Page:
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Termite Baiting

What is termite baiting?
If your home is at risk of termite infestation or already experiencing a problem with termites, one solution is to use termite baiting.
But what exactly is termite baiting? For starters, it’s an alternative to the traditional barrier methods used by many exterminators and pest control companies, which uses a lot of chemicals and some structural changes to prevent the entry of termites into your home.
The simplest explanation is that termite baiting is the use of cardboard, wood, paper, and other termite food to lure termites into eating chemicals or poisons that kill them. Depending on whether you try to create a bait yourself or have a professional like New Jersey exterminator do it, baits can vary widely from one to the next.
Most baits involve the use of a slow-acting substance that is lethal to termites but still appealing enough for them to readily consume it and bring it to the nest where other termites will eat it as well.
No matter what substance is used, the most important thing about it is that it acts slowly. If the termites were to find the bait, eat it, and then die quickly after, it would not be effective in slowing the growth of the colony.
That’s because termites would avoid the bait if it were surrounded by dead termites, and also because the termites who found the bait wouldn’t have the opportunity to bring any of the poisoned food back to the rest of the colony to eat.
Baits like these are typically used against subterranean termites, which are the most common termites in the United States. That is because in order for the bait to be effective, it is typically placed near active termite nests or underground where termite activity is known to occur. The tunneling and colonial behavior of subterranean termites make them ideal for the use of baits like these.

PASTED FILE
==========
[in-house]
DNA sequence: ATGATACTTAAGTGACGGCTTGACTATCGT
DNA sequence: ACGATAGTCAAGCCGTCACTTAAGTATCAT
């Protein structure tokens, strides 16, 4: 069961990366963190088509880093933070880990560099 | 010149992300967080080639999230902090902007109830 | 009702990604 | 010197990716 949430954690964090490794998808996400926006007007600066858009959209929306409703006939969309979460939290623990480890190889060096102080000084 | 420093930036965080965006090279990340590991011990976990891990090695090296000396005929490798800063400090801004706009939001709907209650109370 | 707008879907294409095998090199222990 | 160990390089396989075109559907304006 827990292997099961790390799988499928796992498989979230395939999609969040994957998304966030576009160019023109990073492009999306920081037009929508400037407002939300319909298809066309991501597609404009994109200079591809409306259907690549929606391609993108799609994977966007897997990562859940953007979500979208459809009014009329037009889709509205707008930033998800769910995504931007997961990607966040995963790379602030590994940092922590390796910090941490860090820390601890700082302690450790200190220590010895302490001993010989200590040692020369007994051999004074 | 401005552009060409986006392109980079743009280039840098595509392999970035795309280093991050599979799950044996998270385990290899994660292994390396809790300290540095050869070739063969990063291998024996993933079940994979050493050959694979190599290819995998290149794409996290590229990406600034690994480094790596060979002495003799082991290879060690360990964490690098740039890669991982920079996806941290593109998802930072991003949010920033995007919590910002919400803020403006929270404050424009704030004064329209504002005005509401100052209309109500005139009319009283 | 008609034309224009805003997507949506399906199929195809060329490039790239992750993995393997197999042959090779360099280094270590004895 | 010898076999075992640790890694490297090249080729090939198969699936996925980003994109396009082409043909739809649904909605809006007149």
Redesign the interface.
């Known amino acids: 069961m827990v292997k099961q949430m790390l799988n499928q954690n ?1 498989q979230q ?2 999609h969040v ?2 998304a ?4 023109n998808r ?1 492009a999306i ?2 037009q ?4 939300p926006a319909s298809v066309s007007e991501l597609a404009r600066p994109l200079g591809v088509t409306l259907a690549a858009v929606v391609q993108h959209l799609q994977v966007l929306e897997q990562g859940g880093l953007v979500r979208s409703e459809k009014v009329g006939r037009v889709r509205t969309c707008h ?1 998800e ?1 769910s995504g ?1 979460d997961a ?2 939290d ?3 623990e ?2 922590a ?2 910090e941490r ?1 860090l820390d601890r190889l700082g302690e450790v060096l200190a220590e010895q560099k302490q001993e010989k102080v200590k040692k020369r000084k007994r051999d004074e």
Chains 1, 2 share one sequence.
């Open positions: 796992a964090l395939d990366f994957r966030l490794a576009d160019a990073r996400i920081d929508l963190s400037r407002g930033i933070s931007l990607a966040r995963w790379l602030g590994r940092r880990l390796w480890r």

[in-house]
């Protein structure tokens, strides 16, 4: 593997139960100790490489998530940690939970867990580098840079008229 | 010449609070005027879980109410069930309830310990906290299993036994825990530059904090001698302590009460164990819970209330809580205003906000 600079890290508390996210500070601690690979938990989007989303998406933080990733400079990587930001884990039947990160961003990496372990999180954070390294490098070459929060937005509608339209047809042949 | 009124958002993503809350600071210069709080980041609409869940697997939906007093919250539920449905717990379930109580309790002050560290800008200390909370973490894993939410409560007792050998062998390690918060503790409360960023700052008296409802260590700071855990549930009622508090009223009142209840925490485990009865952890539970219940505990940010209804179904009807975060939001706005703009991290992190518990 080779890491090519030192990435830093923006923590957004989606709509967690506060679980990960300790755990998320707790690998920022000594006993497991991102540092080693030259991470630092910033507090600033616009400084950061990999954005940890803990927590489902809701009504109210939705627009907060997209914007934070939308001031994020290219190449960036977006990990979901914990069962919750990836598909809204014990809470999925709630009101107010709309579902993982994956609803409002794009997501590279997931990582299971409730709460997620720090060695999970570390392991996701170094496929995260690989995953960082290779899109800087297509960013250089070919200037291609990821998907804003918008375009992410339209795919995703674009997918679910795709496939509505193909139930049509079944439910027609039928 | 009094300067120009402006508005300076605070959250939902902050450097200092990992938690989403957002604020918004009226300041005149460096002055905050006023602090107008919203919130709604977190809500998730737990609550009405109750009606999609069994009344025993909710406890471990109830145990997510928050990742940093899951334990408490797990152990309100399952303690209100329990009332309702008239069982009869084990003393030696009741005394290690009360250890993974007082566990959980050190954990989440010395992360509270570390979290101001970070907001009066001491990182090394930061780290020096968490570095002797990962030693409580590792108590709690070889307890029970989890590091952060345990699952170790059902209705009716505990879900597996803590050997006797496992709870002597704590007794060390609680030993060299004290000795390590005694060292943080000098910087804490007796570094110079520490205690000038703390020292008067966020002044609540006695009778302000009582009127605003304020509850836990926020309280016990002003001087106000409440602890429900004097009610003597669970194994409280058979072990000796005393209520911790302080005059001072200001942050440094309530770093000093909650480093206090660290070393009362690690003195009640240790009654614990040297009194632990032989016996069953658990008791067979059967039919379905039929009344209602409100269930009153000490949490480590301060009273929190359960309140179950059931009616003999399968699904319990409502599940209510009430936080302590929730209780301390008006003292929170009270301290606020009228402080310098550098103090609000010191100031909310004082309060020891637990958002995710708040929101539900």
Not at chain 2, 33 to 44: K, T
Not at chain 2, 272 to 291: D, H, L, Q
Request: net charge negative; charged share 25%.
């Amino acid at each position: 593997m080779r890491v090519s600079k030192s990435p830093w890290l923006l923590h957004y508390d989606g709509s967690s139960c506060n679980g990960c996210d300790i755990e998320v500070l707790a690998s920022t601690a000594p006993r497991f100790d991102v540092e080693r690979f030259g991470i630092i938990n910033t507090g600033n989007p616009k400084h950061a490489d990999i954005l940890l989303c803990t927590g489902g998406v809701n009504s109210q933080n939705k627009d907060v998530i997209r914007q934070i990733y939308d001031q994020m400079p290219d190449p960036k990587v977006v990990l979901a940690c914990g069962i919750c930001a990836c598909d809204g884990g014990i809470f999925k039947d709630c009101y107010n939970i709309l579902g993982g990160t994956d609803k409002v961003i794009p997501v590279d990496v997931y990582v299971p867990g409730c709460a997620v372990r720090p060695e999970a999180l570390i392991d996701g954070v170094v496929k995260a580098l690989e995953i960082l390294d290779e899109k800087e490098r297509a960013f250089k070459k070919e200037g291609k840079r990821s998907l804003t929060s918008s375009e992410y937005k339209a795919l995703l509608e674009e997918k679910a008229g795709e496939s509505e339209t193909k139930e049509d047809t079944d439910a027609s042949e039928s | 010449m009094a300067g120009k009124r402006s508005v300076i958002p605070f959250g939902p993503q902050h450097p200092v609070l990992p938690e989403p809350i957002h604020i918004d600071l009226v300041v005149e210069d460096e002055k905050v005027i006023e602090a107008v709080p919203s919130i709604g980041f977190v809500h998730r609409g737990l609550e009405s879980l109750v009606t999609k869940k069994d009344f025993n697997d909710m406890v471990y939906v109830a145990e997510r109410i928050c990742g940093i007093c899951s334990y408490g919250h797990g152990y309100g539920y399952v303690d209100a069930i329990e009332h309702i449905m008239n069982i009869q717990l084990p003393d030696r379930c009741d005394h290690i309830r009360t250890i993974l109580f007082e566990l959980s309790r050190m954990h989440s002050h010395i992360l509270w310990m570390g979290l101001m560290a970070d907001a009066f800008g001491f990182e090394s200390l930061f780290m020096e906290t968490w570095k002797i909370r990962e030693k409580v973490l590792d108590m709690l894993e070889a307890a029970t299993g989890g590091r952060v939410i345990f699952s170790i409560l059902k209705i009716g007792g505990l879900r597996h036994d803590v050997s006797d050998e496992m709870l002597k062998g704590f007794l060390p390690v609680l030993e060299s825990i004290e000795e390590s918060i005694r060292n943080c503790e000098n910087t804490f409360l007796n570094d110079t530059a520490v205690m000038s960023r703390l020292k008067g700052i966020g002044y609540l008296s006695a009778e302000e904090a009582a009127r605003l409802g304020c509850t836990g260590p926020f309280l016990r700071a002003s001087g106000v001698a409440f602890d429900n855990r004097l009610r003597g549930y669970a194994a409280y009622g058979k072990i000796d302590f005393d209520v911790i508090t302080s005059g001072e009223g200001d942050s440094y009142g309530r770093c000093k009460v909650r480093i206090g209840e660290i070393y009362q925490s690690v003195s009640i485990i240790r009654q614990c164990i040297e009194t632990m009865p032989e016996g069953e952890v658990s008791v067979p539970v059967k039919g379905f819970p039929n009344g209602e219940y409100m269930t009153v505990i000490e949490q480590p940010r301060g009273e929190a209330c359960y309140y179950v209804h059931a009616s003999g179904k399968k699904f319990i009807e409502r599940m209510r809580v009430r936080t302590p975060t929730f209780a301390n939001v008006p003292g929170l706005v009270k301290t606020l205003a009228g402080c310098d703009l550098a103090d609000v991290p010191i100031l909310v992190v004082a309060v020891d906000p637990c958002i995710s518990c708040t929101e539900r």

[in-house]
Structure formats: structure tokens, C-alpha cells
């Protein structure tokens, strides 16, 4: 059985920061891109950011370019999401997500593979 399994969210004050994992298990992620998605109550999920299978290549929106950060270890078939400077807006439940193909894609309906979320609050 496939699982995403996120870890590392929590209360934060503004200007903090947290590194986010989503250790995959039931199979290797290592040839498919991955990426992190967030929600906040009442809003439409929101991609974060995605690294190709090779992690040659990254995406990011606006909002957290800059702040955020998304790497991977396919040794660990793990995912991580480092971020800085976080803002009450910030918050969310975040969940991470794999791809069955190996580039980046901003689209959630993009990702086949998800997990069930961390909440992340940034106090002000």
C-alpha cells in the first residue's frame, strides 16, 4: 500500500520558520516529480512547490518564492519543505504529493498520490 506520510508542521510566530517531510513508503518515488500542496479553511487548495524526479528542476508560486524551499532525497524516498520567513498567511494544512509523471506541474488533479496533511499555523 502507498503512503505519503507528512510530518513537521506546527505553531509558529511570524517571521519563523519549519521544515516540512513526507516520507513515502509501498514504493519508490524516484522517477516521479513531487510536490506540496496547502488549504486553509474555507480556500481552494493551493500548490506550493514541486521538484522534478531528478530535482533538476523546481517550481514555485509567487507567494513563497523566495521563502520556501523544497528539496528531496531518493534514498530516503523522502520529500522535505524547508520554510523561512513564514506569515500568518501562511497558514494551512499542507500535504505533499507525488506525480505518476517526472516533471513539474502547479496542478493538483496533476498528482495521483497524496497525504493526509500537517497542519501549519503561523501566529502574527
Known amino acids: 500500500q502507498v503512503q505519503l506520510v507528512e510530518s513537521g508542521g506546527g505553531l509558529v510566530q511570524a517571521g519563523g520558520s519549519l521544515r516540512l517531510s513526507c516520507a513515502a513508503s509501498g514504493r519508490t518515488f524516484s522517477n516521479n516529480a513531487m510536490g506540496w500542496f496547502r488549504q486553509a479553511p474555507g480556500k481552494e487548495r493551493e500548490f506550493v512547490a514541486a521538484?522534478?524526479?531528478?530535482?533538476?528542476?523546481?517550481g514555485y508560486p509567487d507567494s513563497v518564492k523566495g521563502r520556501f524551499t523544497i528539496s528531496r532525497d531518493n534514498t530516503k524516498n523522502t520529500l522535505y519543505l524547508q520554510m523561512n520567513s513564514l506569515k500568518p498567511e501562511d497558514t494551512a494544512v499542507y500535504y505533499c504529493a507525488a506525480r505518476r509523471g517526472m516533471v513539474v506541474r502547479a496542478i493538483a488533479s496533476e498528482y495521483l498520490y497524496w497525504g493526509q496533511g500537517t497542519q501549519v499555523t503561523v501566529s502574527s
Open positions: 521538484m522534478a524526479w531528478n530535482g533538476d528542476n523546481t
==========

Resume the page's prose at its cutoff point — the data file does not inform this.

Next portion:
In many cases, baiting will either kill the entire colony or kill enough of the colony that it no longer serves as a threat to the structure you are trying to protect.
Baiting is something that can be done yourself, but because of the use of chemicals and the potential of failure or even backfiring (where a homeowner accidentally attracts termites to their home more than before) due to inexperience, it can be best to leave it to professionals.
If you do choose to try baiting on your own, though, there are a few things to keep in mind. For one thing, you want to ensure you are baiting during the right time of year. For most areas in the United States, this time is the period between spring and fall — but this can vary if you live in warmer, wetter areas of the U.S.
Baits should be placed 10 to 20 feet apart along the parameter of your building, either above or below ground, since the termites will find them through random foraging rather than smell or sight. You also should place them in any areas where termite activity is known to occur.

Be sure to replace baits as necessary — if you purchase most commercial bait products, they typically come with some instructions on how and when to replace them.


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